protects summertime flows

The city's water right would span 183 days, from April 1 to Sept. 30 each year.

For 137 of those days, the water right calls for a steady flow 1,250 cubic feet per second, which is the same level of flow that the senior Shoshone hydropower right can call for on the river, above the proposed whitewater parks.

So, for the bulk of the time, Glenwood's new water right would make no difference on the river, as it is in the shadow of Shoshone.

But the city wants to step out of that shadow and call for 2,500 cfs of water for 46 days, from June 8 to July 23. And, it could call for 4,000 cfs of flow on five days around the Fourth of July, in order to hold competitive boating events.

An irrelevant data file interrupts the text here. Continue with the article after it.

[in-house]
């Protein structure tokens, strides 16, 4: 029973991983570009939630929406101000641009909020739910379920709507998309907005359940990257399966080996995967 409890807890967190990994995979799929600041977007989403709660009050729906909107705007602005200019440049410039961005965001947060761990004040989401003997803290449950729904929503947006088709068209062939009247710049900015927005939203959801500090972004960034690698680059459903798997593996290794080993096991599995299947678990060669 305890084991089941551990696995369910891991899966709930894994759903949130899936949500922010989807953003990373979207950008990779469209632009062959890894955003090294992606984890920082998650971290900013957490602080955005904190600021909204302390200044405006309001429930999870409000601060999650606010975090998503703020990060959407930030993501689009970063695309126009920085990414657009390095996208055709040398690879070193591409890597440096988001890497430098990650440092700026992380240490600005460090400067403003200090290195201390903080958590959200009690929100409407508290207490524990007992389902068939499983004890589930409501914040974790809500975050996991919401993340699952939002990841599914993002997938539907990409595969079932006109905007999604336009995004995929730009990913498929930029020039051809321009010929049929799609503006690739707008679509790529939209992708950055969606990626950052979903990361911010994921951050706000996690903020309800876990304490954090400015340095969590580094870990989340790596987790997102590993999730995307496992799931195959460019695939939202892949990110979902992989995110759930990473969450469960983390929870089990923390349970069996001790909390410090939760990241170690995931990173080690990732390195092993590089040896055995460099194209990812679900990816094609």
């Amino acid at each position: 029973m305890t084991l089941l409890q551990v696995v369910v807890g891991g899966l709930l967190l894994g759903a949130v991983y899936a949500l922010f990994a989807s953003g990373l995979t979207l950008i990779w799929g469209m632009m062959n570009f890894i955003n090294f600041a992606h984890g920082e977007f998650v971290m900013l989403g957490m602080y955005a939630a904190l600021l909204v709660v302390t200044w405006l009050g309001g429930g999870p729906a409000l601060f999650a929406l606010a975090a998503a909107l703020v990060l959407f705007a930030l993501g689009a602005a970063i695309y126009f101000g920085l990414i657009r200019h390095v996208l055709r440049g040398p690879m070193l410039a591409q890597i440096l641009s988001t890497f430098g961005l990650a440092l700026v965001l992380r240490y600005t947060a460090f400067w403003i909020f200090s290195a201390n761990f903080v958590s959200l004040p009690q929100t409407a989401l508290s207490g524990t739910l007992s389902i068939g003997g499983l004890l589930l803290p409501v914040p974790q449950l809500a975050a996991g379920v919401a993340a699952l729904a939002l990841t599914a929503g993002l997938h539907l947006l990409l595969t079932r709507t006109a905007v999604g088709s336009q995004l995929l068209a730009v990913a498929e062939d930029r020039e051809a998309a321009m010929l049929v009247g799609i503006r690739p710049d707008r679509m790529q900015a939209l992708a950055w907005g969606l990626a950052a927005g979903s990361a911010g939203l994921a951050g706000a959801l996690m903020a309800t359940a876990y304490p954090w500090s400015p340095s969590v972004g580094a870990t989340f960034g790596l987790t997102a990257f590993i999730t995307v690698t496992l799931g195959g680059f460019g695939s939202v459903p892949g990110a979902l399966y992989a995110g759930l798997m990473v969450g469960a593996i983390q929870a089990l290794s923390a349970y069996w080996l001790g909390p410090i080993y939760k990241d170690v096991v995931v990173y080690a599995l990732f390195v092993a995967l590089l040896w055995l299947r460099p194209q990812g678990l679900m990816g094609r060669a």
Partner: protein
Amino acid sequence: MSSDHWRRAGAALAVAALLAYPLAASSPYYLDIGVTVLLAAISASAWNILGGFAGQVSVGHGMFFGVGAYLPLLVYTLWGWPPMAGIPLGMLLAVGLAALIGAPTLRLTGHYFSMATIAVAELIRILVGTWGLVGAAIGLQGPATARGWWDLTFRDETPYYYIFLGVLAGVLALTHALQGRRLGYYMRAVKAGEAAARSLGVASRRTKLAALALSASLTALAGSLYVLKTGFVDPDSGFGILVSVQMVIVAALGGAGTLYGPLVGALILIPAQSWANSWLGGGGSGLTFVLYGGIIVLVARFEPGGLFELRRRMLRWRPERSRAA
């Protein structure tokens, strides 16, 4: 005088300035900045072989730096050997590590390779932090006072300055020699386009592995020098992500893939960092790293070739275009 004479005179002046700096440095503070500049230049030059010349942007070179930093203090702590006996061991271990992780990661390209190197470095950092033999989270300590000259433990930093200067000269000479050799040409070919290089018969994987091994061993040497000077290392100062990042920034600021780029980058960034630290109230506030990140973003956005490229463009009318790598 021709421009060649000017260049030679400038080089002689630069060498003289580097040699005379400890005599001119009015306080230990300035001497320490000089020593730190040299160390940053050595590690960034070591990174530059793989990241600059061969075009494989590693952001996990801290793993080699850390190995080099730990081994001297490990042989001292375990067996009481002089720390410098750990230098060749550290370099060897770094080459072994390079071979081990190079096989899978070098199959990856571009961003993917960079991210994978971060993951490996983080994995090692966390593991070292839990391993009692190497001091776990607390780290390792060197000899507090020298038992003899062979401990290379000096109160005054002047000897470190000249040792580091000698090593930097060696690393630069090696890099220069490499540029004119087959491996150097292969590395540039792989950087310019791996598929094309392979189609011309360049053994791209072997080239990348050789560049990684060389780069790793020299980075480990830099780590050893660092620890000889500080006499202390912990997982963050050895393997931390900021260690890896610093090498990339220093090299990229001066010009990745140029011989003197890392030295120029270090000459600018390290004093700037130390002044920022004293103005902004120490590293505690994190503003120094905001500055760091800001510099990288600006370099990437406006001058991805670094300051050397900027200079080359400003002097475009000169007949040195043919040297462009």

It is in the 46-day high-flow period when the carve-out will kick in, and reduce by about 25 percent the amount of water the city was pursuing.

"It does limit, significantly, the amount of time that this water right is going to be able to call," Rob Harris, an attorney representing both Western Resource Advocates and American Whitewater, in support of Glenwood Springs, told the CWCB. "But frankly, that's the nature of compromise."

Harris said the remaining flow levels in the river still work for the whitewater parks.

"These are the proper flow rates," he said. "These rates are the rates that stakeholders in the city and in the community have asked for, and balancing that with this carve out is appropriate."

Editor's note: Aspen Journalism covers rivers and water in collaboration with The Aspen Times, the Glenwood Springs Post Independent and other Swift newspapers. More at http://www.aspenjournalism.org.

Aspen’s housing program holding scofflaws accountable, focusing on compliance cases